The Contest
Coco Pazzo Rustica
25 oz.; $7.99
32 cents/oz.
Ragu Old World Style Traditional
14 oz.; $1.75
13 cents/oz.
Lidia’s Flavors of Italy Marinara
26 oz.; $8.29
32 cents/oz.
Prego Traditional Pasta Sauce
14 oz.; $1.79
13 cents/oz.
Newman’s Own Marinara
26 oz.; $2.89
11 cents/oz.
Classico di Napoli Tomato and Basil
14 oz.; $2.49
18 cents/oz.
Emeril’s Kicked Up Tomato
25 oz.; $4.79
19 cents/oz.
D’Agostino Traditional Sauce
26 oz.; $2.29
9 cents/oz.
Rao’s Homemade Marinara
15.5 oz.; $6.99 
45 cents/oz.
Dell’Amore Original Marinara
16 oz.; $5.49
34 cents/oz.
Patsy’s Marinara 
16 oz.; $5.99
37 cents/oz.
Richfood Meatless Spaghetti Sauce
26 oz.; $1.89
7 cents/oz.

The Methodology
The taste test was double blind: The judges did not know whether they were tasting a celeb or a scrub sauce, and they did not know the brands of the sauces. Two rounds of inter-team competition produced one winner from each team; the two winners then competed against each other in the finals.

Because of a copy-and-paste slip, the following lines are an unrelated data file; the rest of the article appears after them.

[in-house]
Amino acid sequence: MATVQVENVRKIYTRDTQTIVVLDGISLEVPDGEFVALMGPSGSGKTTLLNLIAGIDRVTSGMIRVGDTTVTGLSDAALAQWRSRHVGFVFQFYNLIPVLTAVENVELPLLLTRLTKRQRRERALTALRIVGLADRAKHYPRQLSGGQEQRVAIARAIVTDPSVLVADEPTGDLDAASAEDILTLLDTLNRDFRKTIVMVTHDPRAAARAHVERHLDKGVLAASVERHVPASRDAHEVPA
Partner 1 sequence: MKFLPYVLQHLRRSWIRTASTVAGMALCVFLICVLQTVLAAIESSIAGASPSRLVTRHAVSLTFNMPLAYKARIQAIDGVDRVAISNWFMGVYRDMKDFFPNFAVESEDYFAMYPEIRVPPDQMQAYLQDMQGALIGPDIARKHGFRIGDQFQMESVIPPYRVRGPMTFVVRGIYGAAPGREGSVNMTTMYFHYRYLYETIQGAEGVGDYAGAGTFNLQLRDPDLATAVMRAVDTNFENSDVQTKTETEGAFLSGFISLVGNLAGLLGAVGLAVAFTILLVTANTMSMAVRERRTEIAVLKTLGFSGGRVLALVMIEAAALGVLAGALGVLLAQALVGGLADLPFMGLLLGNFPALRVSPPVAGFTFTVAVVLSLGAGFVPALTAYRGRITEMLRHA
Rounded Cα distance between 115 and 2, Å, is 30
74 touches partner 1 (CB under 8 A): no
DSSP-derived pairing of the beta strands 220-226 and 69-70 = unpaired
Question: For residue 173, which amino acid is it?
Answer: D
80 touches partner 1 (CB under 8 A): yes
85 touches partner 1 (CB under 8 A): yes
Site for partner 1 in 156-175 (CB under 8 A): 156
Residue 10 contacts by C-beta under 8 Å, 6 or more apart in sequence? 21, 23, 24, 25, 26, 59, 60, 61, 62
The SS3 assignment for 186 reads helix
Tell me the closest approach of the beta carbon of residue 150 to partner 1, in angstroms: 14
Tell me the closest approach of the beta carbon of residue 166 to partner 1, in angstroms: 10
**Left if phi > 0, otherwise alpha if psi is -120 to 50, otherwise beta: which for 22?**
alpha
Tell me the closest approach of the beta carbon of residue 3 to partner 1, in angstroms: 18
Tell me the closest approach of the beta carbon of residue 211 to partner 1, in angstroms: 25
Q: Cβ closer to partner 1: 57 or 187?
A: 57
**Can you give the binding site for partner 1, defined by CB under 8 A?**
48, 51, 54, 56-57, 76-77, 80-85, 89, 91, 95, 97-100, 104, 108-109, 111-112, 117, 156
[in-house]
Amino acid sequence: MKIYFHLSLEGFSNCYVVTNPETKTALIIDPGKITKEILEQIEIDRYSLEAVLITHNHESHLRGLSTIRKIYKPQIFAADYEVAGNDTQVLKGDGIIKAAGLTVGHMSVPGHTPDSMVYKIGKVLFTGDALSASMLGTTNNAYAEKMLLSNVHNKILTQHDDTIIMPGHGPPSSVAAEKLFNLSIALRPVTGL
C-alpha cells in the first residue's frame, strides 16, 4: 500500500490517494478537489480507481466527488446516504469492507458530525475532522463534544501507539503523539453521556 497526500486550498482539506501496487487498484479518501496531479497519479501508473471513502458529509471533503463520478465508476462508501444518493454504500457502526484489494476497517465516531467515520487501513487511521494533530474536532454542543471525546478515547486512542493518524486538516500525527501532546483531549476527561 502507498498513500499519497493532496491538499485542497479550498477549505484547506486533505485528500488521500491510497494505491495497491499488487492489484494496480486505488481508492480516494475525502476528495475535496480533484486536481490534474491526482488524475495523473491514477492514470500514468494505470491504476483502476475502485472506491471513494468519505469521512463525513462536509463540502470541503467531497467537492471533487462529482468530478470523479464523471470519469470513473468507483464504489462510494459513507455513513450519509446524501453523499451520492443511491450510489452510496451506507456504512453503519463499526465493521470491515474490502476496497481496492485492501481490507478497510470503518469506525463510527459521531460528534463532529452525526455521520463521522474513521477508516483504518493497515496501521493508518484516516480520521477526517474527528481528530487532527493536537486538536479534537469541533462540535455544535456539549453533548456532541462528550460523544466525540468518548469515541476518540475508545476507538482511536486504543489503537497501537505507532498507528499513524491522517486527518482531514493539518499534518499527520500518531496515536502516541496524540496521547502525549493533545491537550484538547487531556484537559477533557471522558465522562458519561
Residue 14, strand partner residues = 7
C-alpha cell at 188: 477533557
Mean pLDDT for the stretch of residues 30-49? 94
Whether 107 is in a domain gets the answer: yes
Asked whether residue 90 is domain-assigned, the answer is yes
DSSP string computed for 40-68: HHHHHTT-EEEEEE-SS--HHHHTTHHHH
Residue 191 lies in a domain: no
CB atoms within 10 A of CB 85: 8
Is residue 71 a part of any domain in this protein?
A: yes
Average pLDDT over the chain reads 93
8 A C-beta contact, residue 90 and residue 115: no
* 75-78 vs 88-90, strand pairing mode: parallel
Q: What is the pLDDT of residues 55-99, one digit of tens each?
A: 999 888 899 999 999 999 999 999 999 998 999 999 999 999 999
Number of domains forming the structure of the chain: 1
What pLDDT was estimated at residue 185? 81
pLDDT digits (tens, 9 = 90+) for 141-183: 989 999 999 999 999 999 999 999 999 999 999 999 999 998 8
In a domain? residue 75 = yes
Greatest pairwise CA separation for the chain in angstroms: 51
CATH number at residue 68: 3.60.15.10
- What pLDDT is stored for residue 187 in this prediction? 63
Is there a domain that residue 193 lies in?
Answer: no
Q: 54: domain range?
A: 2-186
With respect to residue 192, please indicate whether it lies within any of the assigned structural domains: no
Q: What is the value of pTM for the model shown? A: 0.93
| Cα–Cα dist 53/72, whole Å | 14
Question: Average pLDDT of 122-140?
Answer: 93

Because I have the good fortune of being married to someone who produces sophisticated accounting spreadsheets for a living, I let my husband organize the heats. Here’s what he did: First, he divided the sauces into their two respective teams, celebs and scrubs. Then, he poured the contents of each jar into 12 identical red plastic cups. He next assigned a letter to each sauce and wrote the letter on the bottom of each cup. Within each group, he arranged the cups in random order. Finally, he wrote numbers on the face of each cup.

The first heat consisted of head-to-head competition between two sauces (there were three of these). The second heat consisted of the three winners of the first tests going head-to-head. And the last heat was the final two entries, one from the celebs and one from the scrubs. Only after all the testing was finished and the results were recorded did we match the letters to the original list of sauces.

The Judges
There were three of us: Peter, a writer who covers food subjects for documentaries and television; my husband, a guy who’ll eat anything; and me. It might surprise you to learn that within this small group the characteristics of what makes an edible sauce were highly debated.

For guidance, I spoke with the food editor of Food & Wine (and, in the interest of full disclosure, my friend and former boss), Tina Ujlaki, a woman with a perfect palate and extensive knowledge of Italian cuisine. “A good marinara sauce should be perfectly balanced with acid, a little bit of sweetness, and enough olive oil to coat the pasta nicely like the Europeans do without drowning it,” she said. And so that would be our quest: To find the sauce with the best balance.

The Tests

Celeb Round 1

Newman’s Own versus Coco Pazzo: